The advent of streaming services and their effect on the creation and distribution of television programs are also topics covered by (Newman et al.), who offer helpful context for understanding Power’s success. Their study demonstrates how networks like Starz have modified their strategies to take advantage of these shifts and how streaming services have changed how people watch television. Additionally, Goddard and Hog discuss the intersectional genealogies of televisual content in the era of streaming and Internet-distributed television, which is relevant to understanding Power’s success in the changing television landscape.

While the context surrounding Power emphasizes its adherence to industry trends and business methods, Goddard, and Hogg’s analysis of queer and trans television aesthetics in the post-medium transformation era raises questions about the representation and aesthetics of contemporary television. As the television landscape continues to evolve, it is important to consider how new technological and institutional configurations affect the intersectional genealogies of televisual content.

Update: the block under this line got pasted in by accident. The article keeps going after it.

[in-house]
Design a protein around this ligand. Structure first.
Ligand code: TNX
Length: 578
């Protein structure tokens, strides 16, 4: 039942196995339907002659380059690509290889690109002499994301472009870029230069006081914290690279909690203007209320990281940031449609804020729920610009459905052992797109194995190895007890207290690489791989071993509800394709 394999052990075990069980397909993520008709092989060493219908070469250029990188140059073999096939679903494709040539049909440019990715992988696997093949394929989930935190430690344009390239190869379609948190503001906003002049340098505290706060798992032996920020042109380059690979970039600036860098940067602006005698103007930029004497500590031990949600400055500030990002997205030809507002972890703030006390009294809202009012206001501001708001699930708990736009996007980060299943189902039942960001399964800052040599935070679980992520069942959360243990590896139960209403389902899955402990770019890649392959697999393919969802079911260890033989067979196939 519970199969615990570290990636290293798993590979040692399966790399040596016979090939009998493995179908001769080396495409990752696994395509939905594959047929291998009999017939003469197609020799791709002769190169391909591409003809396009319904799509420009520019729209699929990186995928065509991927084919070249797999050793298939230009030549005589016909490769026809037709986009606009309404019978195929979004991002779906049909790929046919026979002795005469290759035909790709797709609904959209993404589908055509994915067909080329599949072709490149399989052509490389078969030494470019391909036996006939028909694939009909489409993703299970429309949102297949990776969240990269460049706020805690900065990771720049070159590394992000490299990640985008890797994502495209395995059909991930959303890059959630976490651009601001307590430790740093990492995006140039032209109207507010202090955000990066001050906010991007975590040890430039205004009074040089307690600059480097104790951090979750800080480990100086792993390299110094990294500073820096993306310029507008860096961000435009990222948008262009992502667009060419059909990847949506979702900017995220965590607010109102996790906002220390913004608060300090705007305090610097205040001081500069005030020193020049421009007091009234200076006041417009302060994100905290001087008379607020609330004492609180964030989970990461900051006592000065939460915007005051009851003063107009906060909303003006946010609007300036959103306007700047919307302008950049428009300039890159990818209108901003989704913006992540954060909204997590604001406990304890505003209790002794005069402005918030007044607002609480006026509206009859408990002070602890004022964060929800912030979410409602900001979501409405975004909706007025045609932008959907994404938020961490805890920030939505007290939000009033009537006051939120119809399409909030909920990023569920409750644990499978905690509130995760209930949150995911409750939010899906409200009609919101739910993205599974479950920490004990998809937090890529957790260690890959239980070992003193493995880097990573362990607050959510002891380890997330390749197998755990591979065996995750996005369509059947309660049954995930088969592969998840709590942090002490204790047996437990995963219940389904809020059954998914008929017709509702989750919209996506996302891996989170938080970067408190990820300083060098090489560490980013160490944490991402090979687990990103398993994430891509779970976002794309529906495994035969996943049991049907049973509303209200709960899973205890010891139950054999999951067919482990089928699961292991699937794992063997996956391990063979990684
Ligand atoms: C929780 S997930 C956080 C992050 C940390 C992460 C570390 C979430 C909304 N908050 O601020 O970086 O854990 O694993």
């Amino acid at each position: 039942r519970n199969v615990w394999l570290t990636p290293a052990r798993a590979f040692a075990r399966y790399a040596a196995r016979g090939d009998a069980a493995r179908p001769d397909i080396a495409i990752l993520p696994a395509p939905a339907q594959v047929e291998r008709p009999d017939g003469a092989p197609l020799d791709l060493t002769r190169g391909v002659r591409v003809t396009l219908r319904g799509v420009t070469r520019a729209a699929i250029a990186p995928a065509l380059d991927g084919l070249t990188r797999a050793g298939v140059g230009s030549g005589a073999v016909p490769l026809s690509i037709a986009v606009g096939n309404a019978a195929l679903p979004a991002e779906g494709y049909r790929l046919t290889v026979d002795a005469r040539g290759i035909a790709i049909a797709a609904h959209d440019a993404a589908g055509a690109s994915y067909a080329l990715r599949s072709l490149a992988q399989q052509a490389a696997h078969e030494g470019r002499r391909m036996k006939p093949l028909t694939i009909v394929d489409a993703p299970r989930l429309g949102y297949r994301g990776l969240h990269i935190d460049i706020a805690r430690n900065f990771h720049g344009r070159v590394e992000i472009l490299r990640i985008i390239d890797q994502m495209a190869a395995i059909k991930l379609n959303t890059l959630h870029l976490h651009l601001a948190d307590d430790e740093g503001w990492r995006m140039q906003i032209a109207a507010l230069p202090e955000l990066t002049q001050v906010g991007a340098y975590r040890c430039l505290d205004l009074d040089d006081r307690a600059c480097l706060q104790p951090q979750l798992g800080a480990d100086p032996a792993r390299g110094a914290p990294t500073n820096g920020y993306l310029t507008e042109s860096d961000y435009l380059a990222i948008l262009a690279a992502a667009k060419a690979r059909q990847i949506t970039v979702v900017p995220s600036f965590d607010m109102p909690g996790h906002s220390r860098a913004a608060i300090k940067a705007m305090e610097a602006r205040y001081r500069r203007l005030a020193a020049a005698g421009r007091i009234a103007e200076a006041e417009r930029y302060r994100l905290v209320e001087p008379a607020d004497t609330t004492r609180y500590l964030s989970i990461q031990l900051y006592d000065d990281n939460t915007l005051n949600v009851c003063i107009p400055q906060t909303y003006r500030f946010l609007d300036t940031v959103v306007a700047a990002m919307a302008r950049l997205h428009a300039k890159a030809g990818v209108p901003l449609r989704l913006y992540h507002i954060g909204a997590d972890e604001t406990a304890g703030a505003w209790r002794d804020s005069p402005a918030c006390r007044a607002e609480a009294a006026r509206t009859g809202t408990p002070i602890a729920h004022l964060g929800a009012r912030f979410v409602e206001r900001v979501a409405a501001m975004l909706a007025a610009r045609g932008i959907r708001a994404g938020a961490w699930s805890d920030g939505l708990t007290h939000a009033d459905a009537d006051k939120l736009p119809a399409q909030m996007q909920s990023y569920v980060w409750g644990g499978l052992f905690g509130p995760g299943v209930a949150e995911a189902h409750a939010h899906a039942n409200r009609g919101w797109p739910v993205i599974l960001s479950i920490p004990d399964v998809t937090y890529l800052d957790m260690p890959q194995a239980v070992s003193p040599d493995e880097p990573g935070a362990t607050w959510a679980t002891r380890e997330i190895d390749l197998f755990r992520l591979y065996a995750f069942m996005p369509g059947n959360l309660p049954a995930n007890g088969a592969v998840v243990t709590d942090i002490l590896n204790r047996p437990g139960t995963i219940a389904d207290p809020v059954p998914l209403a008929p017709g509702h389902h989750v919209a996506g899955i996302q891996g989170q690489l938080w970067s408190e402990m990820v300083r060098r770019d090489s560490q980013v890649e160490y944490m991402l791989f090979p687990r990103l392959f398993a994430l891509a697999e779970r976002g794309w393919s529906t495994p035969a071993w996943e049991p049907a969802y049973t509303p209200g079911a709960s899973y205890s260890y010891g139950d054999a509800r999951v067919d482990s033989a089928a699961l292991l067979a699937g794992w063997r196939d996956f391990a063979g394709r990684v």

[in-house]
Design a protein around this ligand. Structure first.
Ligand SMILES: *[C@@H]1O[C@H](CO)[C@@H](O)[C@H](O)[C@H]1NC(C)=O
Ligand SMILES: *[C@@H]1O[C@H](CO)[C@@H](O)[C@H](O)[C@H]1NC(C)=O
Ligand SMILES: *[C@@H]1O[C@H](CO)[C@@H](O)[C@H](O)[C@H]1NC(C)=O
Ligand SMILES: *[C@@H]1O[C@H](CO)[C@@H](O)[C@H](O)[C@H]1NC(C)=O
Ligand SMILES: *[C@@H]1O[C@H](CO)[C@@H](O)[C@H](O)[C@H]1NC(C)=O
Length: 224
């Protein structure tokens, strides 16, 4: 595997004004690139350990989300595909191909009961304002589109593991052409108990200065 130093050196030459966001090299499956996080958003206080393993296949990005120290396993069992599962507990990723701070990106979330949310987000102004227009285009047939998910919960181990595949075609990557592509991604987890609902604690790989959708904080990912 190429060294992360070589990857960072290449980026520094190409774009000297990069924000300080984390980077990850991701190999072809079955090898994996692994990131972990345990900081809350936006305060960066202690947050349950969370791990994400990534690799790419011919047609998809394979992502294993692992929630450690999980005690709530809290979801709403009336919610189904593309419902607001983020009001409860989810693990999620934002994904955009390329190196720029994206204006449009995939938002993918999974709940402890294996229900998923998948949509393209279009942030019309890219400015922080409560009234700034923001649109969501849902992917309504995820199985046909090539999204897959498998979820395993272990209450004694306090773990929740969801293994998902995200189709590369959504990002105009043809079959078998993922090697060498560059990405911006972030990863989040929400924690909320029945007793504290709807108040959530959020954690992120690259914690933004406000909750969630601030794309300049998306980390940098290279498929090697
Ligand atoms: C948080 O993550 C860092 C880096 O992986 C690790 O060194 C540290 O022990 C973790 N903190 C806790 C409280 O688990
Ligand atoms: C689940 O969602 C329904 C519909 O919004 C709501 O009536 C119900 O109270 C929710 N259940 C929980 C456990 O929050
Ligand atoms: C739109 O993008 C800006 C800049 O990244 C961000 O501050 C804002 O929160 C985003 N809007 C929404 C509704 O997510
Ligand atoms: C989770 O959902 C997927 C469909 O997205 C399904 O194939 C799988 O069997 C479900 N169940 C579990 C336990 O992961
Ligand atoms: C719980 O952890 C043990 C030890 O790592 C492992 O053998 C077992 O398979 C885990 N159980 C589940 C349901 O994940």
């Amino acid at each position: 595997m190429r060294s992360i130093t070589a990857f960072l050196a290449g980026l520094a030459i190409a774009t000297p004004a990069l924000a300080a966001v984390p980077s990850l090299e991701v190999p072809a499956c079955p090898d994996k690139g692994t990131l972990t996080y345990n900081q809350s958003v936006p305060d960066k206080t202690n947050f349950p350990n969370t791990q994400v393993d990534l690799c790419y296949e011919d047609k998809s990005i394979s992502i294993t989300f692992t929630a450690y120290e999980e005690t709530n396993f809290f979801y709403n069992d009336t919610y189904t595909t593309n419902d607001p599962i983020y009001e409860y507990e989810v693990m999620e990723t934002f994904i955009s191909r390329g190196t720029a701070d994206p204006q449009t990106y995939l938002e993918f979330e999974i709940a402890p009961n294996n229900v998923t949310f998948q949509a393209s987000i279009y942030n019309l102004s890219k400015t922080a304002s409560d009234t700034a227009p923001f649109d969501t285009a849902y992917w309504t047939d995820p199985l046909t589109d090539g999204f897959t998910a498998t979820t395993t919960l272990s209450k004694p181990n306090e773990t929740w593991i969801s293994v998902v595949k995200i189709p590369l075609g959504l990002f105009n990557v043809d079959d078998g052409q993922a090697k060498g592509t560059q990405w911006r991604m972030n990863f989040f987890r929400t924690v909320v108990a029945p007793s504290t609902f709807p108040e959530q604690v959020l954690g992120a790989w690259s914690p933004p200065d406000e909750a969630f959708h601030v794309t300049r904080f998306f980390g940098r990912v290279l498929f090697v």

Power’s success in the current television landscape may be linked to its adherence to several significant business and industry trends. The show’s branding, distinction, availability across various platforms, and serialized storytelling have all contributed to its appeal as both high-quality and cult television. We can better comprehend the elements that have contributed to the show’s success in the modern television market by looking at the industrial environment of Power and scholarly research on related subjects. This analysis emphasizes the significance of identifying and responding to market trends and shows how a successful television series may be produced by fusing high-quality and cult components.